previous next
[4]

Since the Athenians had no public moneys in hand, it was the Senate of Areiopagus, according to Aristotle, which provided each of the men who embarked with eight drachmas, and so was most instrumental in manning the triremes; but Cleidemus represents this too as the result of an artifice of Themistocles. He says that when the Athenians were going down to the Piraeus and abandoning their city, the Gorgon's head was lost from the image of the goddess; and then Themistocles, pretending to search for it, and ransacking everything, thereby discovered an abundance of money hidden away in the baggage, which had only to be confiscated, and the crews of the ships were well provided with rations and wages.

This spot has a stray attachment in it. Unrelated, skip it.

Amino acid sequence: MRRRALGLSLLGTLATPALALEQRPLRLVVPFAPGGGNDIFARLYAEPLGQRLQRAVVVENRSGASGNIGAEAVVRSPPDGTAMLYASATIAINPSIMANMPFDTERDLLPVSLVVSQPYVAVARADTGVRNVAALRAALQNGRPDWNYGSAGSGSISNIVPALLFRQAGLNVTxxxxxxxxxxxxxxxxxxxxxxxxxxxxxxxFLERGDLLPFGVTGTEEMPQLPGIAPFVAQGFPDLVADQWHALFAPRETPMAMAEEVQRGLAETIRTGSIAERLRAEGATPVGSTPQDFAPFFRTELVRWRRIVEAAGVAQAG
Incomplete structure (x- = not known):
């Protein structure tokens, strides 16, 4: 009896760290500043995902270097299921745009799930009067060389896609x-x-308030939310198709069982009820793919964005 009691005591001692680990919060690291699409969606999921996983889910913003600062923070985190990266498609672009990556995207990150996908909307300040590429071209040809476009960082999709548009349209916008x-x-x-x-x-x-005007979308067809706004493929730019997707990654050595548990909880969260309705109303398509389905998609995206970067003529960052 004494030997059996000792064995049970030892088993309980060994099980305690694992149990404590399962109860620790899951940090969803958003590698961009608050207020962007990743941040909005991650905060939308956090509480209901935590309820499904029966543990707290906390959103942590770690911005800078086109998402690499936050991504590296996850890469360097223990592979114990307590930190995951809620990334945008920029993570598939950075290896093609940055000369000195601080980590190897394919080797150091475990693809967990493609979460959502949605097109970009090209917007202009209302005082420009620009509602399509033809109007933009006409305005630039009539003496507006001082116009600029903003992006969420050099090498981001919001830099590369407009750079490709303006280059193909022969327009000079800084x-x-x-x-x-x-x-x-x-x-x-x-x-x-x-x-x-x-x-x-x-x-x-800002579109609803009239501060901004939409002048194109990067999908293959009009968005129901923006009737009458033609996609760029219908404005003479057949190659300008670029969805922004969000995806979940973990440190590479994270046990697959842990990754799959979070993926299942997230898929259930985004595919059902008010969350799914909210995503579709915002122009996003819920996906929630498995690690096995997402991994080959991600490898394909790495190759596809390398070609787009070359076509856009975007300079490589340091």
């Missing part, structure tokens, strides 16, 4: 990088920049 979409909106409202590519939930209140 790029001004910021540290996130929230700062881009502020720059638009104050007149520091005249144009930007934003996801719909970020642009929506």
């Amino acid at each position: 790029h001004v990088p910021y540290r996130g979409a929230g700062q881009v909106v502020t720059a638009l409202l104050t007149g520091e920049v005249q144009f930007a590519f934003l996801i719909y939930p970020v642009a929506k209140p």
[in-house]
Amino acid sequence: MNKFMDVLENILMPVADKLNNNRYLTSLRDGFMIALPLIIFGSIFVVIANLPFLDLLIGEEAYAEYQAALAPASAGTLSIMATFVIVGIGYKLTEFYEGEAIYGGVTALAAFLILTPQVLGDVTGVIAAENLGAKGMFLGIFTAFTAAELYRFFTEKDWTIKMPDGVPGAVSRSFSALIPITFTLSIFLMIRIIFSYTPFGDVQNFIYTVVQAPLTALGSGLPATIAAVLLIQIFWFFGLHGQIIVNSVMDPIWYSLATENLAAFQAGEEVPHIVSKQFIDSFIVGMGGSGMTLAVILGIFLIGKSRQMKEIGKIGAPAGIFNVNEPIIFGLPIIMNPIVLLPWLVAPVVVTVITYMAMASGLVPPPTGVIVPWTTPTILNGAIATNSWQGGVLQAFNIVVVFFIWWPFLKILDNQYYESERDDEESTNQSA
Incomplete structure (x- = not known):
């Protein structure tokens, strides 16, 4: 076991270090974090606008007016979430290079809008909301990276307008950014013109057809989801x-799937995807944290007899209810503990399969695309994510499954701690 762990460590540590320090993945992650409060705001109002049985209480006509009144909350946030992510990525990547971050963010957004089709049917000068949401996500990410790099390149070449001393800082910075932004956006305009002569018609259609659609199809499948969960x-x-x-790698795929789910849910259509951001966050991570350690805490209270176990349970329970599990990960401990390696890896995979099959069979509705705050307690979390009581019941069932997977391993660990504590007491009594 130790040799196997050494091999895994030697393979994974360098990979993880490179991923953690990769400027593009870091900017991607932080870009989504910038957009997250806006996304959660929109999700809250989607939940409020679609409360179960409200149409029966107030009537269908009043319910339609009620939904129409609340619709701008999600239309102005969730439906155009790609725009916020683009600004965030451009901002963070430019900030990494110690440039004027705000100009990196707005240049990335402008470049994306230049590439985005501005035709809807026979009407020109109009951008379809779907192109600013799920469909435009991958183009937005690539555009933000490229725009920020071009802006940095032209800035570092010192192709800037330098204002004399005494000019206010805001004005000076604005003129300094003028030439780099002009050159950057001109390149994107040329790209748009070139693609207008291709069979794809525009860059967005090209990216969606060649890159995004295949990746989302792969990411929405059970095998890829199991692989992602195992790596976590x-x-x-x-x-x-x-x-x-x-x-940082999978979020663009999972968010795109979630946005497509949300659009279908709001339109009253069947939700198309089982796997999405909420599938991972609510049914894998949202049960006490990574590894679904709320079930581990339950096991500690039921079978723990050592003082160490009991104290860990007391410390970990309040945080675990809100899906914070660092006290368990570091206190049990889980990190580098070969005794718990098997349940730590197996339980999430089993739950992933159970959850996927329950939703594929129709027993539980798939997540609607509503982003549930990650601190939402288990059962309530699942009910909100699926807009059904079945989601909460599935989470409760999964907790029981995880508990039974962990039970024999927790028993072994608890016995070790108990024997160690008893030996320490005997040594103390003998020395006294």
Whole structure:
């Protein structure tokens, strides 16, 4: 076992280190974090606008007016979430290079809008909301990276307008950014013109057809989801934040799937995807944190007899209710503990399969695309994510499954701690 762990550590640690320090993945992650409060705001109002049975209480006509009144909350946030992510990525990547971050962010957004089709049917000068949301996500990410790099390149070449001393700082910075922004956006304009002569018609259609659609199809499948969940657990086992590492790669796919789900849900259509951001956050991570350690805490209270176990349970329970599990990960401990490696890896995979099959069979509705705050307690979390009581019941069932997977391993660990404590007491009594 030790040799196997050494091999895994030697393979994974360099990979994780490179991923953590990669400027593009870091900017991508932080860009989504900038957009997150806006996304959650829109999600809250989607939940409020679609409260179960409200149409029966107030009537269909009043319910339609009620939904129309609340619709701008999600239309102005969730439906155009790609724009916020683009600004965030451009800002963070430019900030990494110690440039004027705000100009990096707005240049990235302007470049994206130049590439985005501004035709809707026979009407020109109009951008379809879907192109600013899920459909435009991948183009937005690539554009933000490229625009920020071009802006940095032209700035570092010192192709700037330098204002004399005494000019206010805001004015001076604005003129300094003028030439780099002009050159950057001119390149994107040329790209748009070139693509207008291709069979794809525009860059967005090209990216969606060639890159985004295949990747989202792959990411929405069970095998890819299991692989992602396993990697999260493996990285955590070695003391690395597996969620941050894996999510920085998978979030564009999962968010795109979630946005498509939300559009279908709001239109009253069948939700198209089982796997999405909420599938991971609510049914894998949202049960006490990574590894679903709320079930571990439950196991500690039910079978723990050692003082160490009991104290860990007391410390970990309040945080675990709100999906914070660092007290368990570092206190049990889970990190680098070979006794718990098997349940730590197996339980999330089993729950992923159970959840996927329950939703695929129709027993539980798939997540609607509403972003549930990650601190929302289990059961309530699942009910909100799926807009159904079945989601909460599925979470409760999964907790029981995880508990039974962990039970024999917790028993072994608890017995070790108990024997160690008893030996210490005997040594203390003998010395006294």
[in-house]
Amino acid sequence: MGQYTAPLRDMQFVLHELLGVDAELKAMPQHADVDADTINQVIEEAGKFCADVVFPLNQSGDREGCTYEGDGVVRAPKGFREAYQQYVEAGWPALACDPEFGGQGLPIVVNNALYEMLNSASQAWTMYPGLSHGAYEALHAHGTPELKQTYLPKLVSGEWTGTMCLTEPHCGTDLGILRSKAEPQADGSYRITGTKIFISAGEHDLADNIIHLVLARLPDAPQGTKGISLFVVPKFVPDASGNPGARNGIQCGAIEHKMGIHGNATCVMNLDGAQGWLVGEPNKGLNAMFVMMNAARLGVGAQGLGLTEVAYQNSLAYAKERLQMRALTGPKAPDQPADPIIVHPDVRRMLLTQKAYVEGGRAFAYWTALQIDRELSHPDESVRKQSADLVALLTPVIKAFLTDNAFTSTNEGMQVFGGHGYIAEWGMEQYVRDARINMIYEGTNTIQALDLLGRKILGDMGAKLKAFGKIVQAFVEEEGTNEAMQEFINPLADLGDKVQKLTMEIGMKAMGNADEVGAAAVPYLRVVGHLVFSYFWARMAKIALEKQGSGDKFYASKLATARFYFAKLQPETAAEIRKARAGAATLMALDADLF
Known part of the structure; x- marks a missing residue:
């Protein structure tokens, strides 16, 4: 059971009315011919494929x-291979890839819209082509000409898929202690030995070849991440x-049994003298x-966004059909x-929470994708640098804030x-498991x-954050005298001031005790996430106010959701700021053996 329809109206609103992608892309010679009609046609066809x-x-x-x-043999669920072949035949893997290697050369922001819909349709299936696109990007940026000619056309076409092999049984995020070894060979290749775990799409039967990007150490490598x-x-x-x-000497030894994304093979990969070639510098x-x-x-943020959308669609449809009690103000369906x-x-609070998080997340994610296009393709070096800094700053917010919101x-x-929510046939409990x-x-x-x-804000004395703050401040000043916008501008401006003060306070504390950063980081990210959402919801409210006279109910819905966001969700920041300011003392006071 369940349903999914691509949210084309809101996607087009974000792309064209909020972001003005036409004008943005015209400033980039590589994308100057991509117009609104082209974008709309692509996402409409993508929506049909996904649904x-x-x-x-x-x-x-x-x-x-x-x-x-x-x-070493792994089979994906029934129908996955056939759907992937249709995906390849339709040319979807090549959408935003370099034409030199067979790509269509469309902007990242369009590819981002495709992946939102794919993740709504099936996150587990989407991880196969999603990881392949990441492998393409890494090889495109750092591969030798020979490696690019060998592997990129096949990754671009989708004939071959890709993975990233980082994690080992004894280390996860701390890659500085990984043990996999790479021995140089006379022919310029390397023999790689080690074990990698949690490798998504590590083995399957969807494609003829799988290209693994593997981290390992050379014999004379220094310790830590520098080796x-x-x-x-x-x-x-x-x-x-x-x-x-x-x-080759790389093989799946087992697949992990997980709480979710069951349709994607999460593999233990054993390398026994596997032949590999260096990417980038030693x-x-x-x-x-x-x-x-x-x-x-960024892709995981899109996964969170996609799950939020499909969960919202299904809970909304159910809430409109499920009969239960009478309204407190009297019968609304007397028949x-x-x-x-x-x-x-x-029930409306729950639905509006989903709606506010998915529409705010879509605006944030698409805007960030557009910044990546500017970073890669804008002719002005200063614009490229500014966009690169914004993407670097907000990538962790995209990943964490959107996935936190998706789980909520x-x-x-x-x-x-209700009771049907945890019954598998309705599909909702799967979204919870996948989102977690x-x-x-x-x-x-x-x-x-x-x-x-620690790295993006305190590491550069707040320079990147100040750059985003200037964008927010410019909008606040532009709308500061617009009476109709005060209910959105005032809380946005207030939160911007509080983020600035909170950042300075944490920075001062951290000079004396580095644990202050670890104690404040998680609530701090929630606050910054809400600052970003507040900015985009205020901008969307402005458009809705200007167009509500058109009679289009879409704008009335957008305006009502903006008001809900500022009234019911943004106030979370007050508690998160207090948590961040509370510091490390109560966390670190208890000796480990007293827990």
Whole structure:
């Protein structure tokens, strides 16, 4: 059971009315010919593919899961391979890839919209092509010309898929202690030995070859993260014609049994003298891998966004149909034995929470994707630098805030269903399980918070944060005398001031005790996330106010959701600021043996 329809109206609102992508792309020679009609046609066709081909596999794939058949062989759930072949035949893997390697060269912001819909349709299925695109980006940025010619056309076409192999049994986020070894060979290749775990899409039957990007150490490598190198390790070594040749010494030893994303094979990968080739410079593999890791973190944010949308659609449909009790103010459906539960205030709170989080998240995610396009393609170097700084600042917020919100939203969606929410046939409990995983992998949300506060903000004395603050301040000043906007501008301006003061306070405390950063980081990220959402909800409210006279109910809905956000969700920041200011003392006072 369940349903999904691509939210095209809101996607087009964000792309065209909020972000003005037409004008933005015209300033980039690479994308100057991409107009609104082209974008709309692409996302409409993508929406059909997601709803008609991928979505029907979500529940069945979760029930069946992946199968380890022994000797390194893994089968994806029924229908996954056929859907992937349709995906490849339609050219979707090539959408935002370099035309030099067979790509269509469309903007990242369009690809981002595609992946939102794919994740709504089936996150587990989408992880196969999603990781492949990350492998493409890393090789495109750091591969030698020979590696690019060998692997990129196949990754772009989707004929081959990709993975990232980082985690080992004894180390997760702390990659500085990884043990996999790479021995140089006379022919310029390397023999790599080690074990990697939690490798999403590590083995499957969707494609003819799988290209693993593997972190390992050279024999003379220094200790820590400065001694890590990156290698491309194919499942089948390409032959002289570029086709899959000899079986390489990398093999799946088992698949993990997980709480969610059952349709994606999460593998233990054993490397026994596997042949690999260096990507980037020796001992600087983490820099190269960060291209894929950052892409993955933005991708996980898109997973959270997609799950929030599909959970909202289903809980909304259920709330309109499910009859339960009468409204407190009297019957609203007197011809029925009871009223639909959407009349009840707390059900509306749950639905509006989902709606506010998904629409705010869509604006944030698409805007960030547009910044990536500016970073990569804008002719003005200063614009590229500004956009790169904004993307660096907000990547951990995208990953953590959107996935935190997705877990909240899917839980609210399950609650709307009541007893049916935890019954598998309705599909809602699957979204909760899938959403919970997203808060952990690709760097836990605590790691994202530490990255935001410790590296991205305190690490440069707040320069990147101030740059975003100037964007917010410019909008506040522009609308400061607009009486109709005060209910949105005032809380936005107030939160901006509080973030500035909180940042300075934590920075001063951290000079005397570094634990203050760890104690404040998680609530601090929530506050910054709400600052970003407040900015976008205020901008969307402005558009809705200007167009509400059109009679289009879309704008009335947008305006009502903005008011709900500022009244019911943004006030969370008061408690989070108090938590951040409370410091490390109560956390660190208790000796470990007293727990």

Creative Commons License
This work is licensed under a Creative Commons Attribution-ShareAlike 3.0 United States License.

An XML version of this text is available for download, with the additional restriction that you offer Perseus any modifications you make. Perseus provides credit for all accepted changes, storing new additions in a versioning system.

load focus Greek (Bernadotte Perrin, 1914)
hide Display Preferences
Greek Display:
Arabic Display:
View by Default:
Browse Bar: